When AMF was showing their 1946 machine to the public In Buffalo, New York there were 2 other companies showing films and articles about their own automatic pinsetters. One was the Automatic Pinsetter Company from Camden, NJ and the other was Wolab Corporation which built a machine for the L.L. Leveque Company from Columbus, Ohio. AMF later bought out the patents of both these companies. Articles from 1946 of the Columbus, Ohio automatic are available on the “articles” listing page. This Columbus automatic seems very similar to the AMF 1952 production model. The designer of this machine, Leslie L. Leveque was killed in a plane crash in May of 1946. Some bowlers at the Olentangy Village alleys remember some of these pinsetters were installed there in the late 1940’s. I personally talked with Robert Stickney from Ohio a few years ago & he remembers how great those early pinsetters worked in 1948. Whether or not those memories are accurate, Charlie Allen of The Ohio Bowler stated that the late Sanders Frye (who worked on the pinsetter project) told him that the LeVeque machine provided key details that AMF needed to perfect it’s pinsetter. Frye also told Allen that after LeVeque’s death, the Columbus pinsetter patent was sold to AMF. Michael O’Leary of Springfield Ohio was the inventor of the moving sets of bars which would pick up the pins still standing (even if off-spot) after the 1st ball was thrown. And they would be replaced in the same exact place even if they were off-spot. He said he “never went to college, but had his name on 8 patents”! He said he invented this mechanism using 2 pencils. And this was the problem which had plagued pinsetter development for over 40 years - putting standing pins back in the same spot they were found after the 1st ball! The whole Ohio story is available in the “articles” page.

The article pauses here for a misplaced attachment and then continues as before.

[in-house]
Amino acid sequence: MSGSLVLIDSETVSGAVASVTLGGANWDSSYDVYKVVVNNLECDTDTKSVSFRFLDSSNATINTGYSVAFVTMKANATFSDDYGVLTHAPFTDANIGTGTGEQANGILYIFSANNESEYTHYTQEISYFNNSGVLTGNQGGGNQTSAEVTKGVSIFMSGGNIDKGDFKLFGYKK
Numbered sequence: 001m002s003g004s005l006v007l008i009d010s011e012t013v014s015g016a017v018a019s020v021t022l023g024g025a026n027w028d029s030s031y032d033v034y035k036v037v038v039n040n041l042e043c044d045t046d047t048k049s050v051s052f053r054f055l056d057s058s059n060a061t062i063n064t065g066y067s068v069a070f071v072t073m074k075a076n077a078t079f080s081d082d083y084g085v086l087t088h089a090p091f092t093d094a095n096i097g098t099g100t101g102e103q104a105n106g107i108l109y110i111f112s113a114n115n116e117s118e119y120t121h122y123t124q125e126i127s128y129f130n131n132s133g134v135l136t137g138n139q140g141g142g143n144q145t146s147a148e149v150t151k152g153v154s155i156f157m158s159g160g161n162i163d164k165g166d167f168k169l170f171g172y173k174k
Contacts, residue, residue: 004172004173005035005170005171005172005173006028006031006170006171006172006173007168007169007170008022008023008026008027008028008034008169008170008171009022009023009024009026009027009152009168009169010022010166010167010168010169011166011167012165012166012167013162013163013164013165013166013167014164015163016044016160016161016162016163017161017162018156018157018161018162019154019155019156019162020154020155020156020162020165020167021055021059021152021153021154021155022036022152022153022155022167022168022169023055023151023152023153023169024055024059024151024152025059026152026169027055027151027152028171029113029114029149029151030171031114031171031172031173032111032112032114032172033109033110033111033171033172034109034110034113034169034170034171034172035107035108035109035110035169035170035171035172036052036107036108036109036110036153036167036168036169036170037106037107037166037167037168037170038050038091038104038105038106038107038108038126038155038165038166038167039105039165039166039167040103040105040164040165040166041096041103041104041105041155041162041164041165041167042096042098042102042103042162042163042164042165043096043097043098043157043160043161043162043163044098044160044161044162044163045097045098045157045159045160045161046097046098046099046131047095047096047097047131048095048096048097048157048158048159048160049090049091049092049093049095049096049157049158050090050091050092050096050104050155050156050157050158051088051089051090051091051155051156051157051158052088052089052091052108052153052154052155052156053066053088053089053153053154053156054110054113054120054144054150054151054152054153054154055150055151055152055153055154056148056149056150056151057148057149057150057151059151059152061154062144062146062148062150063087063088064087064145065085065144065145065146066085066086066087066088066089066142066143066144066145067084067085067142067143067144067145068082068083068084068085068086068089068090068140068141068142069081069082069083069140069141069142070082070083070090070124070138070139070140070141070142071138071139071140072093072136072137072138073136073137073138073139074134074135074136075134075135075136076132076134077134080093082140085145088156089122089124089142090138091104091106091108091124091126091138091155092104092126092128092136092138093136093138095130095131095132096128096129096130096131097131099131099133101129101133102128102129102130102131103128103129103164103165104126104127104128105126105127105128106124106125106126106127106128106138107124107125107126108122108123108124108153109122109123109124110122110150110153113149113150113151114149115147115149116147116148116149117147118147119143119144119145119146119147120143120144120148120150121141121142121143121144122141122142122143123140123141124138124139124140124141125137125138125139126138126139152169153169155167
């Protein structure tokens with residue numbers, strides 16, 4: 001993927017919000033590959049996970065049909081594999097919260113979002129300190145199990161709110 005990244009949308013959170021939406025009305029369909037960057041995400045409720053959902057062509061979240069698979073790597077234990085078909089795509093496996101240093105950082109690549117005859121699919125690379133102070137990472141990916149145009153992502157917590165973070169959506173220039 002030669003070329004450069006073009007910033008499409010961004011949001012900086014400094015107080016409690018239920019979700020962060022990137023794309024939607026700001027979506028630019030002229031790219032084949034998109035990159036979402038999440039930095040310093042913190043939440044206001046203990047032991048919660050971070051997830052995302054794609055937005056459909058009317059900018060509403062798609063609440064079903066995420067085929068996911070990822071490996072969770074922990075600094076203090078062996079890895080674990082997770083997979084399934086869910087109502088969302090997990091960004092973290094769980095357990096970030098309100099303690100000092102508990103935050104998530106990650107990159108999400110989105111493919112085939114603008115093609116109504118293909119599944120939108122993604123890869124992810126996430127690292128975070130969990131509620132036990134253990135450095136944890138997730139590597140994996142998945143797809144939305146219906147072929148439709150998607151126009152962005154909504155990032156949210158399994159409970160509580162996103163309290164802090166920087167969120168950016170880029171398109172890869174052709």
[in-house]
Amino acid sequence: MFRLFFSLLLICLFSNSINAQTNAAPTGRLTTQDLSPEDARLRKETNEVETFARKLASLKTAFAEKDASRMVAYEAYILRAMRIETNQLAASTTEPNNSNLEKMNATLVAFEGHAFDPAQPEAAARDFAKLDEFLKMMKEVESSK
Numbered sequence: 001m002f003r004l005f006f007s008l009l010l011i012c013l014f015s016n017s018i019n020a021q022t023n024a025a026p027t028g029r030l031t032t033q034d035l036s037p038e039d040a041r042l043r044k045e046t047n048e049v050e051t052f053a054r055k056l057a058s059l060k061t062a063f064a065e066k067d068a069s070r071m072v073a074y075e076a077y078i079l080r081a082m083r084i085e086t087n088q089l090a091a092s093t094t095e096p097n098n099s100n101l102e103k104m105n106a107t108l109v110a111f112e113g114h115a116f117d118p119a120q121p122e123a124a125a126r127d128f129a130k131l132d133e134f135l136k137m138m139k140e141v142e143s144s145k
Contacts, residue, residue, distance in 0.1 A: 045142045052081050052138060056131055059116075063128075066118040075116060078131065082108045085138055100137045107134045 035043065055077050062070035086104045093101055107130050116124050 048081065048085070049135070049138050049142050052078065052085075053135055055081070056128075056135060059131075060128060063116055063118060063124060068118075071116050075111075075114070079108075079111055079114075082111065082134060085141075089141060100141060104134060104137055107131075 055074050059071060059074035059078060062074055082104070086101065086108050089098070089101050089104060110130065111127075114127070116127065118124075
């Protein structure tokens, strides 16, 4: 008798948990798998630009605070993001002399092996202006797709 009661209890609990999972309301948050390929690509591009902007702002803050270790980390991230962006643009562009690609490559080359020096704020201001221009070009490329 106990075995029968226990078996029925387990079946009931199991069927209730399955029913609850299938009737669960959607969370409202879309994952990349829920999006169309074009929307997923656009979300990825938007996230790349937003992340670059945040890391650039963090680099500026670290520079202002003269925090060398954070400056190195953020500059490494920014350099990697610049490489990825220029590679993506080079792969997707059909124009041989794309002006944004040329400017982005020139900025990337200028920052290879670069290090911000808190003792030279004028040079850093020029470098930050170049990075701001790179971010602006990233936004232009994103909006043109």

Olentangy Bowling Center

There have been many improvements and updates with both the AMF and Brunswick automatics. They are a far cry from these early pinsetters. But I thought it very interesting than the pin elevator in the new GSX Brunswicks resemble the pin elevators in the early 1900’s patents. I guess “everything old is new again.”